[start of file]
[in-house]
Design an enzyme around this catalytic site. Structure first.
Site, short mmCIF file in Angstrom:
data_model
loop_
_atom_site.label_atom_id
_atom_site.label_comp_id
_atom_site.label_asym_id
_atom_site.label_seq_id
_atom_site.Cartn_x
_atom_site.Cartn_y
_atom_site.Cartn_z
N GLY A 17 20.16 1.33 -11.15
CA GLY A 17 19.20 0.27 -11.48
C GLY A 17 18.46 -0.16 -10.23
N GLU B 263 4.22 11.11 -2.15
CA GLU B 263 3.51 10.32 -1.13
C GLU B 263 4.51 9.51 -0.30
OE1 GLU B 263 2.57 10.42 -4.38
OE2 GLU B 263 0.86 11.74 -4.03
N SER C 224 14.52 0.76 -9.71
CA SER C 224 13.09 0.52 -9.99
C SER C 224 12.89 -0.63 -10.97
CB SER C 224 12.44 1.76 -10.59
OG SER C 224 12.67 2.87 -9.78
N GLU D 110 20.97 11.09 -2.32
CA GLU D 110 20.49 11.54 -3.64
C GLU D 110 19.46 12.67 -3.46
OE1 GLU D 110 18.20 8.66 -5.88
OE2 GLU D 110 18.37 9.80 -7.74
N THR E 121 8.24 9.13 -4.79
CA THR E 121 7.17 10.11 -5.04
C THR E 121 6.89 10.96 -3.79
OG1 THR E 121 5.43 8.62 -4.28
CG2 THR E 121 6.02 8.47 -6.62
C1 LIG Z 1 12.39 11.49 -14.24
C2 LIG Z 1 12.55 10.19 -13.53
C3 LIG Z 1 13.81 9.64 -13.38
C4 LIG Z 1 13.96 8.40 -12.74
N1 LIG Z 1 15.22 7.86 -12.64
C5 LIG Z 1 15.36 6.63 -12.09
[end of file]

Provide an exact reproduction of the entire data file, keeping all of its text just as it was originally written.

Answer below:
[in-house]
Design an enzyme around this catalytic site. Structure first.
Site, short mmCIF file in Angstrom:
data_model
loop_
_atom_site.label_atom_id
_atom_site.label_comp_id
_atom_site.label_asym_id
_atom_site.label_seq_id
_atom_site.Cartn_x
_atom_site.Cartn_y
_atom_site.Cartn_z
N GLY A 17 20.16 1.33 -11.15
CA GLY A 17 19.20 0.27 -11.48
C GLY A 17 18.46 -0.16 -10.23
N GLU B 263 4.22 11.11 -2.15
CA GLU B 263 3.51 10.32 -1.13
C GLU B 263 4.51 9.51 -0.30
OE1 GLU B 263 2.57 10.42 -4.38
OE2 GLU B 263 0.86 11.74 -4.03
N SER C 224 14.52 0.76 -9.71
CA SER C 224 13.09 0.52 -9.99
C SER C 224 12.89 -0.63 -10.97
CB SER C 224 12.44 1.76 -10.59
OG SER C 224 12.67 2.87 -9.78
N GLU D 110 20.97 11.09 -2.32
CA GLU D 110 20.49 11.54 -3.64
C GLU D 110 19.46 12.67 -3.46
OE1 GLU D 110 18.20 8.66 -5.88
OE2 GLU D 110 18.37 9.80 -7.74
N THR E 121 8.24 9.13 -4.79
CA THR E 121 7.17 10.11 -5.04
C THR E 121 6.89 10.96 -3.79
OG1 THR E 121 5.43 8.62 -4.28
CG2 THR E 121 6.02 8.47 -6.62
C1 LIG Z 1 12.39 11.49 -14.24
C2 LIG Z 1 12.55 10.19 -13.53
C3 LIG Z 1 13.81 9.64 -13.38
C4 LIG Z 1 13.96 8.40 -12.74
N1 LIG Z 1 15.22 7.86 -12.64
C5 LIG Z 1 15.36 6.63 -12.09